Select Committee on Culture, Media and Sport Minutes of Evidence

Examination of Witnesses (Questions 280 - 282)




  280. When Mr Dyke was in charge of LWT he tried to enlist some of us against BSkyB on the grounds that it was not suitable that any one commercial organisation should be the controller of access. Mr Dyke believed that was a valid concern then. Do you believe it is a valid concern now?
  (Mr Wallace) I think it is a concern but if, and only if, we do not get a broadband local loop, because once you have got a broadband local loop you have a superior access device to get to the home. It is better than satellite in many ways both for content going in and, most importantly, for inter-activity. If we get a broadband, local loop competition will take care of that issue; if we do not, it remains a concern.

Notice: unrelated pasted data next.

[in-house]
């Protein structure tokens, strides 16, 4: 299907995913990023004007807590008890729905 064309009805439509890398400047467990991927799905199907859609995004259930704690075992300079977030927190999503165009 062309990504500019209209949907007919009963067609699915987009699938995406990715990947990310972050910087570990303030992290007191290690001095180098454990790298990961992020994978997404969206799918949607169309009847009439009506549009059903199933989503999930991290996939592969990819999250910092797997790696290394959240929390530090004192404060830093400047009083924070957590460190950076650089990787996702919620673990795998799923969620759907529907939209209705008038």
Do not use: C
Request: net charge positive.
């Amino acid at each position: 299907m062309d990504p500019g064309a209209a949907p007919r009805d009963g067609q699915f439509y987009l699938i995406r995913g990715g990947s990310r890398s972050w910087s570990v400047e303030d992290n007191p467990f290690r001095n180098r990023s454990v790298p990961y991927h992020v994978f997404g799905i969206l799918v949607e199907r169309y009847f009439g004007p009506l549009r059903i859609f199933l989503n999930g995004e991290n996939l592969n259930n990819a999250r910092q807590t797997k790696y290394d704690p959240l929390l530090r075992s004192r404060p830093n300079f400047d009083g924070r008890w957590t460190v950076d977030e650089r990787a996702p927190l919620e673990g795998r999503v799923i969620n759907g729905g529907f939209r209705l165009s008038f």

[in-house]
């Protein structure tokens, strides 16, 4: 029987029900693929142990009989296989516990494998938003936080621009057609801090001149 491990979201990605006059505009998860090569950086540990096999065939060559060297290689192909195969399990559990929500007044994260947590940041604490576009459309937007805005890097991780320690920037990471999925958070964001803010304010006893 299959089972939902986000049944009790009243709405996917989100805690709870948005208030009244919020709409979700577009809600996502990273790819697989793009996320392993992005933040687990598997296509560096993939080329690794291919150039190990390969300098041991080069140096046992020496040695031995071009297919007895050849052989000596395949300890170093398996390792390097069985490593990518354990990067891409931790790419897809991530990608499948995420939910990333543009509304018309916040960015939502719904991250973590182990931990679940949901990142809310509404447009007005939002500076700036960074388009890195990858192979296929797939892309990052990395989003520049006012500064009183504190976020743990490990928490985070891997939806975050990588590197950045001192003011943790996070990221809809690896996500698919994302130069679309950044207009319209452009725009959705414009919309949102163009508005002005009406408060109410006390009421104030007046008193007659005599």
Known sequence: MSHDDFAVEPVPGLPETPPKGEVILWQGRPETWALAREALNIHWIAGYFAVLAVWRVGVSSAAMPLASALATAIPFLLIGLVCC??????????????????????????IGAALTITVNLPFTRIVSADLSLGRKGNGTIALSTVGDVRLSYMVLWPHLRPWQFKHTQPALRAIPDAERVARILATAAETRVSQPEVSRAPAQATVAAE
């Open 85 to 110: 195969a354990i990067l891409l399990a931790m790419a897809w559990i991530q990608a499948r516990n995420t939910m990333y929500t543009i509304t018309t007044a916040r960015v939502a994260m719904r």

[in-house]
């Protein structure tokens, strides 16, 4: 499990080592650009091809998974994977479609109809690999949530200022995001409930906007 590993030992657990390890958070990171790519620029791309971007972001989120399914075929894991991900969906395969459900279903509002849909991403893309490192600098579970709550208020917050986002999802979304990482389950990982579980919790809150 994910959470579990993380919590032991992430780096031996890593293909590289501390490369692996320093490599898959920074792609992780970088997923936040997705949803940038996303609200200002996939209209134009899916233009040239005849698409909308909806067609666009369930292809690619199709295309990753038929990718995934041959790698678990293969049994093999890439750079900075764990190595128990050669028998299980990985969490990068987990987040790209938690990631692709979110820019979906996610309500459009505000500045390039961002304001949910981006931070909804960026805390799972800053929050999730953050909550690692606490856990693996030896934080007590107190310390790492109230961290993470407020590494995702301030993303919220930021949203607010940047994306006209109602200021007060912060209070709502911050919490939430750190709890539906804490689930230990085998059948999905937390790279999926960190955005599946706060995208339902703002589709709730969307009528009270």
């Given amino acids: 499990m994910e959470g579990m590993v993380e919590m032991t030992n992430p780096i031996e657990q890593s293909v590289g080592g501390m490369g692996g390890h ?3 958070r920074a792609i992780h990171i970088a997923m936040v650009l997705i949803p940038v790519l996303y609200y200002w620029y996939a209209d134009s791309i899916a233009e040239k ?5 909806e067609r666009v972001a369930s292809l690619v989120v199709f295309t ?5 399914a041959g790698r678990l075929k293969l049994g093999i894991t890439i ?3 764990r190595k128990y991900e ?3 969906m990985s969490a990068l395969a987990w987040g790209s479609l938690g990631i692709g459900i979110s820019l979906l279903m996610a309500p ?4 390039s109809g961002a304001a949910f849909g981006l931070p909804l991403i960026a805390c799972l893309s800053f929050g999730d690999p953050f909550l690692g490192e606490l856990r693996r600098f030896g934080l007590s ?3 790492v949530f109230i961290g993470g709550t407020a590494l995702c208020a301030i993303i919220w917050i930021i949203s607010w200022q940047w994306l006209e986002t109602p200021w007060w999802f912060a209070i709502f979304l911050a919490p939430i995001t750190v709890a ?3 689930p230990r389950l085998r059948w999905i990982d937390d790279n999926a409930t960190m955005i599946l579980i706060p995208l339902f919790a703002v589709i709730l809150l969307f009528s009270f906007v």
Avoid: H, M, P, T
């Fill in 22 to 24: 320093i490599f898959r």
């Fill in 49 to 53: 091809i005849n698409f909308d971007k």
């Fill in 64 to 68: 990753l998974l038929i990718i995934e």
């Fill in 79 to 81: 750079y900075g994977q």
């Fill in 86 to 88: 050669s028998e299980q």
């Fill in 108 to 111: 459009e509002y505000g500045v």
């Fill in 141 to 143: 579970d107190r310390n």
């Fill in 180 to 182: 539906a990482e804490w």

281. Do you have something to add?
  (Mr Phillips) I just wanted to add something on the issue of satellite, because we were talking generally about satellite, and the comment that was made earlier by BT that a number of satellite solutions were being investigated, particularly in the rural areas, and so on. My own view, from many, many years in the satellite industry before Cable & Wireless, is that it is a complete red herring. I really genuinely think there is not a satellite solution out there which is cost effective which has not yet been discovered and will somehow miraculously transform the access to broadband of people living in populated areas. It just does not exist, it is a true red herring.

Mr Bryant

  282. It is £100 a month for two-way satellite, which is not exactly in the reach of most of my constituents.
  (Mr Phillips) I do not think it will ever play any meaningful role.

  Chairman: Thank you very much indeed.

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